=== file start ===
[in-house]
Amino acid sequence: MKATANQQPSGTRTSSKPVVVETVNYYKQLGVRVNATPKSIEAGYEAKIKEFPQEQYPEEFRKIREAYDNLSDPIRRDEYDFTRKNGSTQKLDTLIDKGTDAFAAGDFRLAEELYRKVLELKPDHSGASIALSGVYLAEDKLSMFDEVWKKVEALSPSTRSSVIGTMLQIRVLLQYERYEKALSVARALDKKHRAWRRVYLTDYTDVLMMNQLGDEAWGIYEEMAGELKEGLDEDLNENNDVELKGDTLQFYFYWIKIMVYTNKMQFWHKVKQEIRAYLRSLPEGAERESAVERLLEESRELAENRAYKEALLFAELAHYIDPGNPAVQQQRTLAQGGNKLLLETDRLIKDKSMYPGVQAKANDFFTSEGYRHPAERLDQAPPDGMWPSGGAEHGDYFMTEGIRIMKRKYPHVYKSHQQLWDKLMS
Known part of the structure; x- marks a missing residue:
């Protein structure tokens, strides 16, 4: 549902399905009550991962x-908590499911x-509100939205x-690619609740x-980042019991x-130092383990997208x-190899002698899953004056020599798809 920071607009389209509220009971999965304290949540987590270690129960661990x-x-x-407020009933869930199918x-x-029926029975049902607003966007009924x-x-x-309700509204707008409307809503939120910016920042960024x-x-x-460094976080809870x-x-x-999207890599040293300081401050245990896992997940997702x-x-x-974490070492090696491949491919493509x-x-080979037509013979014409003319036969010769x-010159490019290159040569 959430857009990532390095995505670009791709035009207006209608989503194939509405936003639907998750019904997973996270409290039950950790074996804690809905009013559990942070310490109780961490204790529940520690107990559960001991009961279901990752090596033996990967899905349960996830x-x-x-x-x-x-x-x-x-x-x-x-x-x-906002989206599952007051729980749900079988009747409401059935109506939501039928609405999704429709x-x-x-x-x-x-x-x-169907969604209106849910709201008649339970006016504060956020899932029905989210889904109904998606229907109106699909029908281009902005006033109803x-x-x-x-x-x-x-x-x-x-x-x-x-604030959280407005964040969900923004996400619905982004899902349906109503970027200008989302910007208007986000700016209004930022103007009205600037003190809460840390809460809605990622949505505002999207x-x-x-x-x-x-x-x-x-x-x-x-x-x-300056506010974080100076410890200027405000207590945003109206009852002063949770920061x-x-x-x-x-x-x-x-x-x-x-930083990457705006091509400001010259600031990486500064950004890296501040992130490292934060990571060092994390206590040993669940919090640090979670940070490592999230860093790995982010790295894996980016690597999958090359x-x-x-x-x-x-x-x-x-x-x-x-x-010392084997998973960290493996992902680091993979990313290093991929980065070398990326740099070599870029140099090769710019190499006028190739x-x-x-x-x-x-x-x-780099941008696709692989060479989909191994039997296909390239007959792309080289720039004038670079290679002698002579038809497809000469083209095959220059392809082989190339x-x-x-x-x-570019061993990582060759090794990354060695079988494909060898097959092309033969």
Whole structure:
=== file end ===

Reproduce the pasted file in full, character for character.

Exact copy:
[in-house]
Amino acid sequence: MKATANQQPSGTRTSSKPVVVETVNYYKQLGVRVNATPKSIEAGYEAKIKEFPQEQYPEEFRKIREAYDNLSDPIRRDEYDFTRKNGSTQKLDTLIDKGTDAFAAGDFRLAEELYRKVLELKPDHSGASIALSGVYLAEDKLSMFDEVWKKVEALSPSTRSSVIGTMLQIRVLLQYERYEKALSVARALDKKHRAWRRVYLTDYTDVLMMNQLGDEAWGIYEEMAGELKEGLDEDLNENNDVELKGDTLQFYFYWIKIMVYTNKMQFWHKVKQEIRAYLRSLPEGAERESAVERLLEESRELAENRAYKEALLFAELAHYIDPGNPAVQQQRTLAQGGNKLLLETDRLIKDKSMYPGVQAKANDFFTSEGYRHPAERLDQAPPDGMWPSGGAEHGDYFMTEGIRIMKRKYPHVYKSHQQLWDKLMS
Known part of the structure; x- marks a missing residue:
């Protein structure tokens, strides 16, 4: 549902399905009550991962x-908590499911x-509100939205x-690619609740x-980042019991x-130092383990997208x-190899002698899953004056020599798809 920071607009389209509220009971999965304290949540987590270690129960661990x-x-x-407020009933869930199918x-x-029926029975049902607003966007009924x-x-x-309700509204707008409307809503939120910016920042960024x-x-x-460094976080809870x-x-x-999207890599040293300081401050245990896992997940997702x-x-x-974490070492090696491949491919493509x-x-080979037509013979014409003319036969010769x-010159490019290159040569 959430857009990532390095995505670009791709035009207006209608989503194939509405936003639907998750019904997973996270409290039950950790074996804690809905009013559990942070310490109780961490204790529940520690107990559960001991009961279901990752090596033996990967899905349960996830x-x-x-x-x-x-x-x-x-x-x-x-x-x-906002989206599952007051729980749900079988009747409401059935109506939501039928609405999704429709x-x-x-x-x-x-x-x-169907969604209106849910709201008649339970006016504060956020899932029905989210889904109904998606229907109106699909029908281009902005006033109803x-x-x-x-x-x-x-x-x-x-x-x-x-604030959280407005964040969900923004996400619905982004899902349906109503970027200008989302910007208007986000700016209004930022103007009205600037003190809460840390809460809605990622949505505002999207x-x-x-x-x-x-x-x-x-x-x-x-x-x-300056506010974080100076410890200027405000207590945003109206009852002063949770920061x-x-x-x-x-x-x-x-x-x-x-930083990457705006091509400001010259600031990486500064950004890296501040992130490292934060990571060092994390206590040993669940919090640090979670940070490592999230860093790995982010790295894996980016690597999958090359x-x-x-x-x-x-x-x-x-x-x-x-x-010392084997998973960290493996992902680091993979990313290093991929980065070398990326740099070599870029140099090769710019190499006028190739x-x-x-x-x-x-x-x-780099941008696709692989060479989909191994039997296909390239007959792309080289720039004038670079290679002698002579038809497809000469083209095959220059392809082989190339x-x-x-x-x-570019061993990582060759090794990354060695079988494909060898097959092309033969």
Whole structure: